Don’t say I told you so:
John Brennan, President Obama’s nominee for Director of the Central Intelligence Agency, converted to Islam while working in Saudi Arabia, states former FBI agent, John Guandolo. John Guandolo wrote the first Muslim Brotherhood training manual for the FBI. Watch the detailed story in this explosive interview.
Rasool Obama wants to make John Brennan director of the CIA.
Â Brennan callsÂ Jerusalem “al Quds“, lawmakers call for his firing.
This is the turd who told usÂ that the Muslim Brotherhood is “largely secular”, “jihad is a legitimate tenet of Islam”and the same Brennan called for a stop to “Iran bashing.”
He has helped strip language about “radical Islam” and similar terms from government vernacular, choosing instead to refer to “violent extremism.” When it comes to jihad, he stubbornly maintains the word does not belong in conversations about terror, no matter what the terrorists themselves say.
Creeping Sharia asked this very question back in a February 2010 post. In that video, Brennan stated “Those Who Are Anti-Islam are a National Security Threat.” It has since been deleted from the web.
Yesterday, a former U.S. Marine and FBI agent confirmed on the trentovision radio/tv show that indeed John Brennan did convert to Islam. Watch to the end.
“Mr. Brennan did convert to Islam when he served in an official capacity on behalf of the United States in Saudi Arabia.”
Brennan’s Feb. 13, 2010 address to a meeting at the Islamic Center at New York University, facilitated by the Islamic Society of North America (ISNA), provided an insight into his views on Islam, a faith which he said during the speech had “helped to shape my own world view.”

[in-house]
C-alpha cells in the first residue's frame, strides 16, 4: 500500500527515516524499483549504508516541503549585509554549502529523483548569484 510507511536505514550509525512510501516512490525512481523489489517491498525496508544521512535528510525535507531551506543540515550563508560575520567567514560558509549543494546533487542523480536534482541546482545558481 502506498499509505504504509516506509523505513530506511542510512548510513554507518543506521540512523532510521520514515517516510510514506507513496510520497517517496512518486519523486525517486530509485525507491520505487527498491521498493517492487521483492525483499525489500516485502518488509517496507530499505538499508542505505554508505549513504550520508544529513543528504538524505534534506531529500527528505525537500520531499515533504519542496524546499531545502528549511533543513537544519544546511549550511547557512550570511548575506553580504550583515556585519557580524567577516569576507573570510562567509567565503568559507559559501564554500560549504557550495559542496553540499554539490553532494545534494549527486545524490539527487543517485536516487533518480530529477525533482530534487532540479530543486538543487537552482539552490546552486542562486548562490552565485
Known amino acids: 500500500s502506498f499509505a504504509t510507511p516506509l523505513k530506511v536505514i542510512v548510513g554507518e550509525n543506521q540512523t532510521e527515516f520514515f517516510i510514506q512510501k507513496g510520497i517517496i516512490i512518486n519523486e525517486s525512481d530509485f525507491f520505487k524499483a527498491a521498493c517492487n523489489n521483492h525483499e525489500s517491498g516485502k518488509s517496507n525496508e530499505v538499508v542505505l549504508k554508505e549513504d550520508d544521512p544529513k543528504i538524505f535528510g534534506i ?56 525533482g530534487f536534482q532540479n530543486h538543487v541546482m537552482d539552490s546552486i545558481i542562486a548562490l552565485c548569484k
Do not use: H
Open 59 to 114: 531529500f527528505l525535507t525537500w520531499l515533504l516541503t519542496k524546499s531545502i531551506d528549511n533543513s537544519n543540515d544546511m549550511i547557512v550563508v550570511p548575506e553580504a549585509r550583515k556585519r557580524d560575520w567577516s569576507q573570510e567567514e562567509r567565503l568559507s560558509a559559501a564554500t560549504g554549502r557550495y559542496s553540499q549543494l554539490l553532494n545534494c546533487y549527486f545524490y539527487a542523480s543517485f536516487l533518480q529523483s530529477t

Like the president during his childhood years in Jakarta, I came to see Islam not how it is often misrepresented, but for what it is – how it is practiced every day, by well over a billion Muslims worldwide, a faith of peace and tolerance and great diversity.”
- CIA nominee Brennan urged AGAINST bin Laden attack before 9/11
- Counter-terror adviser Brennan bolts when asked about jihad (video)
- Counter-terrorism advisor Brennan: We are not at war with Islamic Jihadists
- Hamas-Linked ISNA “Facilitated” Brennan’s NYU Speech (video)
- Obama’s Nat’l Security Adviser Brennan does Q&A with former coordinator for Hamas-funding Islamic “charity”
- White House admits national intelligence chief Brennan clueless on UK terror arrests
- Counterterror chief’s company linked to “Innocence of Muslims” video
Brennan Lets Radical Islamists Dictate Policy
During his time as a White House advisor, Brennan displayed a disturbing tendency to engage with Islamist groups which often are hostile to American anti-terrorism policies at home and abroad. Those meetings confer legitimacy upon the groups as representatives of all Muslim Americans, despite research indicating that the community is far too diverse to have anyone represent its concerns.
A Feb. 13, 2010 speech Brennan gave at the New York University School of Law serves as an example.